Over forty years after John Carpenter’s original Halloween, Michael Myers remains an all-time great slasher foe that Hollywood just can’t let kill off. The popular antagonist first haunted the Halloween night of Haddonfield and Jamie Lee Curtis’ Laurie Strode, and more recently the actress has returned to have her final showdowns with the mask-wearing knife-wielder next in this year’s Halloween Kills and 2022’s Halloween Ends. As we look ahead into the next installments, there’s usually a desire to look back at the franchise as a whole. If you’re looking to check out the Halloween movies in order, many of them are available to watch on streaming or rent.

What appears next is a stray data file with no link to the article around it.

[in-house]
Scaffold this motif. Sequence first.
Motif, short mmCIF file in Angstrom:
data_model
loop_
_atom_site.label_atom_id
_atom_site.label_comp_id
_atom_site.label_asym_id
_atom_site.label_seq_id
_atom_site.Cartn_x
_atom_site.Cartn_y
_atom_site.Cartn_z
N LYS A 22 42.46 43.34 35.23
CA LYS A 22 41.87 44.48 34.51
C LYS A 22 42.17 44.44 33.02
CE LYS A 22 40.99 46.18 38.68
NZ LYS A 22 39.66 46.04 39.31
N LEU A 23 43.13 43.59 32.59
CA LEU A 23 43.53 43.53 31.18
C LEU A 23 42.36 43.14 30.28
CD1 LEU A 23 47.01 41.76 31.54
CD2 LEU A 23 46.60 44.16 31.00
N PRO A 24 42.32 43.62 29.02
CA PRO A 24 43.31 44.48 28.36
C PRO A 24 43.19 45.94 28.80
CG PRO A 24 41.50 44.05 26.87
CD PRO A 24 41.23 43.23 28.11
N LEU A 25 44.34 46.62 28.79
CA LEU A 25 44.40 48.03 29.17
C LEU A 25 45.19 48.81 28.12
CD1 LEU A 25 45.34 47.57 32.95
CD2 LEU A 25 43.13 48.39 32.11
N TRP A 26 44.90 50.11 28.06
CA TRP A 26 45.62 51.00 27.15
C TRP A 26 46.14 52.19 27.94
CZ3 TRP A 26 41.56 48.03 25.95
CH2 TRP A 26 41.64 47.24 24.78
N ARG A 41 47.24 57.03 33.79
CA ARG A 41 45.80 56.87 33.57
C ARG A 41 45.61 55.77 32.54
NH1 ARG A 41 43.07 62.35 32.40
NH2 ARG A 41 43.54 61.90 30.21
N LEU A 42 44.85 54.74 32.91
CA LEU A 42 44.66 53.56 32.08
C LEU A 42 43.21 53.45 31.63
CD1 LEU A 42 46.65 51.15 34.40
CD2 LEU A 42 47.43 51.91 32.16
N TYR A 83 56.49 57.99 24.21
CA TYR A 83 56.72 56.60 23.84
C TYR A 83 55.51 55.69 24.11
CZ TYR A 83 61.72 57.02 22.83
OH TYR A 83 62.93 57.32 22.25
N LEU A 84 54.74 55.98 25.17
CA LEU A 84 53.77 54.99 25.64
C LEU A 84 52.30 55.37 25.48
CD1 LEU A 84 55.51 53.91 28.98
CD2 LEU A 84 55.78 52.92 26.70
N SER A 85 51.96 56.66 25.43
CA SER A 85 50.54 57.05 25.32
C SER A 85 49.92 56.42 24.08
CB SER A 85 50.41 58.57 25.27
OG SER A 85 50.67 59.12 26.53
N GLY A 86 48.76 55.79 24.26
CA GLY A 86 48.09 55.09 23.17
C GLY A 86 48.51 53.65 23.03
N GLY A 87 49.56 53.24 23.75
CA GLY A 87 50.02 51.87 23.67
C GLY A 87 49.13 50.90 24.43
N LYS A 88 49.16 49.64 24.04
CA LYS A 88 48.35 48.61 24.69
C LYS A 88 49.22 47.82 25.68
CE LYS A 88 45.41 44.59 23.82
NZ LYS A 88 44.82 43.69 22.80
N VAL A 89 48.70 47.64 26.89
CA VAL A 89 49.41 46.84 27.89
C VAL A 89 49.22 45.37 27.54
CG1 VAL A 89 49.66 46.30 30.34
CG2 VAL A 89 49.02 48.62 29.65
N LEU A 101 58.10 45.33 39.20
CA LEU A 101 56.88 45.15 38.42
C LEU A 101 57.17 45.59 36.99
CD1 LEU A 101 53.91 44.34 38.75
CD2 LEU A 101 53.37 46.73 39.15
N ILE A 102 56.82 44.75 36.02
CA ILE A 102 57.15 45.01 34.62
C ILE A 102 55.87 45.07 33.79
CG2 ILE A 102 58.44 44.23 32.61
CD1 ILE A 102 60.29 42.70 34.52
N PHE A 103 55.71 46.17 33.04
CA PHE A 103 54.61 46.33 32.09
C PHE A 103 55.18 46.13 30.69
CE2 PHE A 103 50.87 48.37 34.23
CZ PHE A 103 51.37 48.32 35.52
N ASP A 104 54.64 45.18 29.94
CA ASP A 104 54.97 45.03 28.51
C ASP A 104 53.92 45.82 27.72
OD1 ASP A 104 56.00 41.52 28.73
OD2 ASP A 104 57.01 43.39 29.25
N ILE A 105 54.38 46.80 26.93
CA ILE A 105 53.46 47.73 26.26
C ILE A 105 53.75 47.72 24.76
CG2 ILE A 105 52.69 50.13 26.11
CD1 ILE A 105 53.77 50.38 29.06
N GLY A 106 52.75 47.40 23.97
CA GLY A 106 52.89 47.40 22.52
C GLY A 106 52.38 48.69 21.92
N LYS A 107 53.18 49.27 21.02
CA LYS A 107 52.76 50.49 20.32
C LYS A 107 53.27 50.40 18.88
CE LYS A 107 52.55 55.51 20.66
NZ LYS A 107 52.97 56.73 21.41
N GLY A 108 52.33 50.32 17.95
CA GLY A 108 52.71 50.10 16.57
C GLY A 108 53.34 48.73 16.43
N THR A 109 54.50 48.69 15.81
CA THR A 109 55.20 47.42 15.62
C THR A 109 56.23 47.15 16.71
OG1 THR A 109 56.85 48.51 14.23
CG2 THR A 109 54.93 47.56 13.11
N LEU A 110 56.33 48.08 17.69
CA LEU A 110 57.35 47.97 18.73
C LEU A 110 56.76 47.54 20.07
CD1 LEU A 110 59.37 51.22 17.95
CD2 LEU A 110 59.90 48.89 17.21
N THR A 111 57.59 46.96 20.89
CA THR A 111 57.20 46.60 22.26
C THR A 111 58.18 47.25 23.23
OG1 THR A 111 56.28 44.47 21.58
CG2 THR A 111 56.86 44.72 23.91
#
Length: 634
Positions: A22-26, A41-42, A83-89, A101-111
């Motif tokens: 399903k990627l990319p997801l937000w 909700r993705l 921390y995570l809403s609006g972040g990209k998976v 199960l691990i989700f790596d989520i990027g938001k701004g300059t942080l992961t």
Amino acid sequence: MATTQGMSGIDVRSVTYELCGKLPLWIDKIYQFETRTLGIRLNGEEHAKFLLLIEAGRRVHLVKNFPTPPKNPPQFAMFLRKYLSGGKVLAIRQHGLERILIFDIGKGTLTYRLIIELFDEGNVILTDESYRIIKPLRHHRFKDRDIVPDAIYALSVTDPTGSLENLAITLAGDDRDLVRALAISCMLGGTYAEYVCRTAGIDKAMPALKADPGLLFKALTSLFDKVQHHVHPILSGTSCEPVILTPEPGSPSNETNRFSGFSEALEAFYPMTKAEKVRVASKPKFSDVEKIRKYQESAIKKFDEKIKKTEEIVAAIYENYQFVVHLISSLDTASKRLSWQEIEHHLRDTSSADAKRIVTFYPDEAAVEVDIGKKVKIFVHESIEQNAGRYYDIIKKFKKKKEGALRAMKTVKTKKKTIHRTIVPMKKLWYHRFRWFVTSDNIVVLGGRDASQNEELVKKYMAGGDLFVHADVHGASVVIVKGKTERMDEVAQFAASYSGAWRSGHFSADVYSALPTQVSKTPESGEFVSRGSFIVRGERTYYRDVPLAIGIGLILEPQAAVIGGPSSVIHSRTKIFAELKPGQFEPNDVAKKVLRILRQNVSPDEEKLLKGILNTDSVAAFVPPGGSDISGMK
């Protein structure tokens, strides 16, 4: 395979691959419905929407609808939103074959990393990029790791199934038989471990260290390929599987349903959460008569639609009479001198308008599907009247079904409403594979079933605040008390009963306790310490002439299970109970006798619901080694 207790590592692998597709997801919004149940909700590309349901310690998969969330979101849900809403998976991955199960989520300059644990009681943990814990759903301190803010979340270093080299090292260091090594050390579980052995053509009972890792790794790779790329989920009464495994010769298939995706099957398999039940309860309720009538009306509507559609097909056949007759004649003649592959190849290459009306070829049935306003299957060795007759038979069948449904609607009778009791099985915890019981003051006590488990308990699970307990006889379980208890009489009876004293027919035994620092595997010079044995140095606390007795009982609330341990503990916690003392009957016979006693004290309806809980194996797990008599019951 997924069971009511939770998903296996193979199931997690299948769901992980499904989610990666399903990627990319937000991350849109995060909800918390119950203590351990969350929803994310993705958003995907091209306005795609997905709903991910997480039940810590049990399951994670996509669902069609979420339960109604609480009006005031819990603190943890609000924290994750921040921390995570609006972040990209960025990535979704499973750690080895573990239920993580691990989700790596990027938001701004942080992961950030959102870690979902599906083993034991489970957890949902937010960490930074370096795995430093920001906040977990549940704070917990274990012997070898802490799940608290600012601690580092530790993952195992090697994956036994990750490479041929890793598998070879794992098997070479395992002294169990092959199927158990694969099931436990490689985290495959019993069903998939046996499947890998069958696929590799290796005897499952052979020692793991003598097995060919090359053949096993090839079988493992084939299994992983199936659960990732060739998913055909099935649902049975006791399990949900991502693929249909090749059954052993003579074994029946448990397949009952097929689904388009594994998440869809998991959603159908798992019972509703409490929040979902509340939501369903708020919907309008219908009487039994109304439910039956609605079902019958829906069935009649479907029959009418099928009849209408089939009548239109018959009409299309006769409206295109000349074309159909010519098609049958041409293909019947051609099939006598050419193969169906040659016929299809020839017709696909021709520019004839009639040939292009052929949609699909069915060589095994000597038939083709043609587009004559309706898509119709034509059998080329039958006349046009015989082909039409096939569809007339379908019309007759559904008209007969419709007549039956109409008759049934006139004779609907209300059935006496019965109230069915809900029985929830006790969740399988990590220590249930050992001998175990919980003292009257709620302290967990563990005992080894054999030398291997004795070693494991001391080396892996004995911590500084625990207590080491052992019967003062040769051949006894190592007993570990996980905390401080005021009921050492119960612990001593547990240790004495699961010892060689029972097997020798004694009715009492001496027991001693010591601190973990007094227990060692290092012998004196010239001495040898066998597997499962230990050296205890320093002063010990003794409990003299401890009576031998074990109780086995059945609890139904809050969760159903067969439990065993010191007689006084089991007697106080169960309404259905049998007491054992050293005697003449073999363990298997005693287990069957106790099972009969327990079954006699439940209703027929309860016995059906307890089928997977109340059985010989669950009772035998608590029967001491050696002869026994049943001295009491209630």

Halloween has had a bit of a complicated journey and timeline over the years, so this is a good place to decide which one’s you will tune into and how you can. Let’s slice into how you can enjoy all twelve movies from the series.
The movie that started it all, Halloween, was directed and scored by John Carpenter. It introduced one of the most iconic scream queens in horror, Jamie Lee Curtis’ Laurie Strode and kicked off the Golden Age of the slasher sub-genre, that also included Friday the 13th, A Nightmare on Elm Street and Child’s Play into the ‘80s. The first movie follows Laurie, a babysitter who becomes stalked by an escaped mental patient, returning to his hometown 15 years after murdering his babysitting teen sister.
Halloween II (1981)